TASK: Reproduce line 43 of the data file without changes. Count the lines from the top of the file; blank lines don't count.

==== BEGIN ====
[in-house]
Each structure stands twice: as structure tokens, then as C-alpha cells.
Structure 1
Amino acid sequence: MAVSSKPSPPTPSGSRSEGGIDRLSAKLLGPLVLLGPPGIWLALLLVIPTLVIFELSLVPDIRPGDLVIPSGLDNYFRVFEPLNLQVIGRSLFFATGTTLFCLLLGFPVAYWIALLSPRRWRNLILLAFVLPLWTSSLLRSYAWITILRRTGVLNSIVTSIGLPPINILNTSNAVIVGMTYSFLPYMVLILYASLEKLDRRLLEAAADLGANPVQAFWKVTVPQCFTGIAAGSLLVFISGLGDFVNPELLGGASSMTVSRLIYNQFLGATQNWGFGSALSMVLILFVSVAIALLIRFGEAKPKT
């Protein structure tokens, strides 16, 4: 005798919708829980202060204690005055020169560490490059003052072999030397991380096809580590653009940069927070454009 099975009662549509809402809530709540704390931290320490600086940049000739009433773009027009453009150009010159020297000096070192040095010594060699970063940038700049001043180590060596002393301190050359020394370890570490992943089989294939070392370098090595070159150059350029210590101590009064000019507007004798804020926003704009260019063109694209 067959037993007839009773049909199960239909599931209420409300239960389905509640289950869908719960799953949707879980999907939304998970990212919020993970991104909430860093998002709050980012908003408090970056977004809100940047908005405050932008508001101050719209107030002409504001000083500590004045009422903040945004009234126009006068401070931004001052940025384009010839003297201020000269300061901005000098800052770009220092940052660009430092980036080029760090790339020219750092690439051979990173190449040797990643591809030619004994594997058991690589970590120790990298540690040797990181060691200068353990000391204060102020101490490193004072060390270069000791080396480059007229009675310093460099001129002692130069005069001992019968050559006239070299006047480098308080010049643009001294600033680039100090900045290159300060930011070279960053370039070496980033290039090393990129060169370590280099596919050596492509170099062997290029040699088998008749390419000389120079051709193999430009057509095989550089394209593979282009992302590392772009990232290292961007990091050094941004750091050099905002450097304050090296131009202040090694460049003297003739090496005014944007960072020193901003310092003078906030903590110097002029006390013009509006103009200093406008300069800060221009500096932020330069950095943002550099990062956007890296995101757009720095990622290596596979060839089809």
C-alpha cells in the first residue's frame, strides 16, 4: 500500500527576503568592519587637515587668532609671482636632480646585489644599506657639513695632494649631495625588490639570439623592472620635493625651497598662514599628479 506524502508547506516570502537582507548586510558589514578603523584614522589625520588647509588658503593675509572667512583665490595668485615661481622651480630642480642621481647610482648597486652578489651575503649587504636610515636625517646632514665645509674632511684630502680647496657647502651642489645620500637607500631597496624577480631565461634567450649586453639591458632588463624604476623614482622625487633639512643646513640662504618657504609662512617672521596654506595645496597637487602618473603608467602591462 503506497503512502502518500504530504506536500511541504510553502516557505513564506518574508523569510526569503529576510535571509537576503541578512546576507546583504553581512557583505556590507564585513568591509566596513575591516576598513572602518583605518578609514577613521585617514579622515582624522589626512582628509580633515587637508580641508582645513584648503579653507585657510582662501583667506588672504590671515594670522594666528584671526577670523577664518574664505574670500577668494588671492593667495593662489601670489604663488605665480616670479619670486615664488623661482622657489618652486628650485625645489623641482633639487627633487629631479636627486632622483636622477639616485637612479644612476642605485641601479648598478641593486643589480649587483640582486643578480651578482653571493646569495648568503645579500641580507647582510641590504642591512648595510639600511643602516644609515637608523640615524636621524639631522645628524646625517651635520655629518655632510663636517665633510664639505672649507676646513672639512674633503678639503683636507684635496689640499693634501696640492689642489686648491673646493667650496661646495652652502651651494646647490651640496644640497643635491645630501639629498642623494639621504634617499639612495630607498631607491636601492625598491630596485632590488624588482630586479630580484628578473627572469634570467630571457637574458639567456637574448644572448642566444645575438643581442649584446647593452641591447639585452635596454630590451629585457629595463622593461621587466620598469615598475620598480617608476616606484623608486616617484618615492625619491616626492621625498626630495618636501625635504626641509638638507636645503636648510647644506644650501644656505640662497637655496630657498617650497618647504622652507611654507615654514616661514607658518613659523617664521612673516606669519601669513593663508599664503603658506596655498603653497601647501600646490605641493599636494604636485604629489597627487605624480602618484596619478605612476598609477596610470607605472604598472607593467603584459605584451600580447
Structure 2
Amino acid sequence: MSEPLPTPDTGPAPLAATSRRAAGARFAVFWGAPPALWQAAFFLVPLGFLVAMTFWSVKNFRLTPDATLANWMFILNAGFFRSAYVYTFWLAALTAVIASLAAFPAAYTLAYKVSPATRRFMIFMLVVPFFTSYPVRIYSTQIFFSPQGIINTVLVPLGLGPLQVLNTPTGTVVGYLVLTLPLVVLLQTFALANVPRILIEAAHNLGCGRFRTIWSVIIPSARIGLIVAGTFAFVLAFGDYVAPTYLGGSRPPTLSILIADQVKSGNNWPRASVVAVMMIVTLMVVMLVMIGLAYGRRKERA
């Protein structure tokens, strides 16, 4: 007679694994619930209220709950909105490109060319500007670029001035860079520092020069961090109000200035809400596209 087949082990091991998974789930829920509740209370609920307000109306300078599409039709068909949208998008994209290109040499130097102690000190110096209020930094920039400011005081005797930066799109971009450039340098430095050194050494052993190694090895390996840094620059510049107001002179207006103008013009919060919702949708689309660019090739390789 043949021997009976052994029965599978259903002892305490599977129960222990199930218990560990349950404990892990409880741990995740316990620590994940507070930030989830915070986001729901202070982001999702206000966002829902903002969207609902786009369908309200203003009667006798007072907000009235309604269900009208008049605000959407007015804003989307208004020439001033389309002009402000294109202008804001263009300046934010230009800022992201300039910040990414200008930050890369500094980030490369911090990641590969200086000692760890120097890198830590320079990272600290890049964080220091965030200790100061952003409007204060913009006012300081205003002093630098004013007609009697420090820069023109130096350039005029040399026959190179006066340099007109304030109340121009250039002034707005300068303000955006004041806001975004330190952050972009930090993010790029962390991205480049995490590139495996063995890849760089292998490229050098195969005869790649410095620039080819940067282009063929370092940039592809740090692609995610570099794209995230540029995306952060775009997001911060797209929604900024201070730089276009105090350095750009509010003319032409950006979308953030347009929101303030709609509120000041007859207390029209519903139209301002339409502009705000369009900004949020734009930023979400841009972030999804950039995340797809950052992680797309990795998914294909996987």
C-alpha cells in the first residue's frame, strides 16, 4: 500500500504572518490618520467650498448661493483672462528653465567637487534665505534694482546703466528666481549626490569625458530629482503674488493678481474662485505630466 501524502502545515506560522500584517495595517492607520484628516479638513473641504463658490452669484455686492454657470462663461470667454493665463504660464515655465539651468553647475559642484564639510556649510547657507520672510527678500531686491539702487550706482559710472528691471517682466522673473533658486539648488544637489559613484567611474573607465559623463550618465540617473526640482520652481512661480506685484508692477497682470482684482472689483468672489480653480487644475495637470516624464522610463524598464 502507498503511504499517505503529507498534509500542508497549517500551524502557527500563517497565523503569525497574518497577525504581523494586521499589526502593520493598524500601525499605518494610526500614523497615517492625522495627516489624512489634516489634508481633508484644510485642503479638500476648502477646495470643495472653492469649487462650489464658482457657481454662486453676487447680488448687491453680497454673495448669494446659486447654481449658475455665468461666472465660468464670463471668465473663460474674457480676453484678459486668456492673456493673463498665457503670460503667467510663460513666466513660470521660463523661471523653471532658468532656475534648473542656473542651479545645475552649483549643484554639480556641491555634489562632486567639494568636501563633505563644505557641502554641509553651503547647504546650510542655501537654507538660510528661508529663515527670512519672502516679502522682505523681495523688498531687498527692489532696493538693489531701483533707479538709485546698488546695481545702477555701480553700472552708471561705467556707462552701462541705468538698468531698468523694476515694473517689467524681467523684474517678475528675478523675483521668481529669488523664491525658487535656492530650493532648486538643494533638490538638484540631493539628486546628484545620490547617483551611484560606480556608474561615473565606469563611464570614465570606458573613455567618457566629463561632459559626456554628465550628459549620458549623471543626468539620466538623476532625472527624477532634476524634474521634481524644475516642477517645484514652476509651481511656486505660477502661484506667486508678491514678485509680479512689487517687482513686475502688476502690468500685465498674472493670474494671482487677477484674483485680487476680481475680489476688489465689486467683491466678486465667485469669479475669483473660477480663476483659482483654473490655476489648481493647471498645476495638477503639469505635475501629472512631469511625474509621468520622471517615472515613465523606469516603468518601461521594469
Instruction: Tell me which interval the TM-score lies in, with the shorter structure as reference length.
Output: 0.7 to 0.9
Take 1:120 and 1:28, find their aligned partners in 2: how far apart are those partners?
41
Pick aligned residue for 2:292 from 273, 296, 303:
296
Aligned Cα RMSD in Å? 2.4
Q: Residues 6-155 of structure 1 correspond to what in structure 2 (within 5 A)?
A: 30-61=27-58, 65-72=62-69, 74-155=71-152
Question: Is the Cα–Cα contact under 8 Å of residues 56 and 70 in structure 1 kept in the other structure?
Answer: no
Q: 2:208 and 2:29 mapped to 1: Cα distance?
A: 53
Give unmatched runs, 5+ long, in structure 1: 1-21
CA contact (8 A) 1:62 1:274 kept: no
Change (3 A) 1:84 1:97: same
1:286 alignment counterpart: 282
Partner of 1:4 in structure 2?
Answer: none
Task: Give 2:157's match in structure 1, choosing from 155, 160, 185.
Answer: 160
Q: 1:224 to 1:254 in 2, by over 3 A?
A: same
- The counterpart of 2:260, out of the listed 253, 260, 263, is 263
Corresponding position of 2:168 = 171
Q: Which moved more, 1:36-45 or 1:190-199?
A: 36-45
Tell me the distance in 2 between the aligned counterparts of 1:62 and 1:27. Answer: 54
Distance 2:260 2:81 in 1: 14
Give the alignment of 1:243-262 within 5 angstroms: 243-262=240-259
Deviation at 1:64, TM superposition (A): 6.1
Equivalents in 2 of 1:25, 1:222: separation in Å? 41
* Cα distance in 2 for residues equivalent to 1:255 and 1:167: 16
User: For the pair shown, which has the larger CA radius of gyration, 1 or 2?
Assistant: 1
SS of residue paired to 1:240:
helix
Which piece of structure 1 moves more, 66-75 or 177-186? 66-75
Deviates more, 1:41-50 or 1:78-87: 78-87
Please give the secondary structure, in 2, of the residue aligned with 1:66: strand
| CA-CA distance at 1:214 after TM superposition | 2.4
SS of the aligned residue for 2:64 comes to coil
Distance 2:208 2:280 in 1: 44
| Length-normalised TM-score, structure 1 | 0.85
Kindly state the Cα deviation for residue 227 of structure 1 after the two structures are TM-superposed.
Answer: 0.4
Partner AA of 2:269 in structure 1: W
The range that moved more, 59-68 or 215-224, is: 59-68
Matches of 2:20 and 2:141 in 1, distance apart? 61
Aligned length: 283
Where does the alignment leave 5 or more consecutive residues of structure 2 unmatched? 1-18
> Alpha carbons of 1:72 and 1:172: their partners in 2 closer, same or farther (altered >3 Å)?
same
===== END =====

* Cα distance in 2 for residues equivalent to 1:255 and 1:167: 16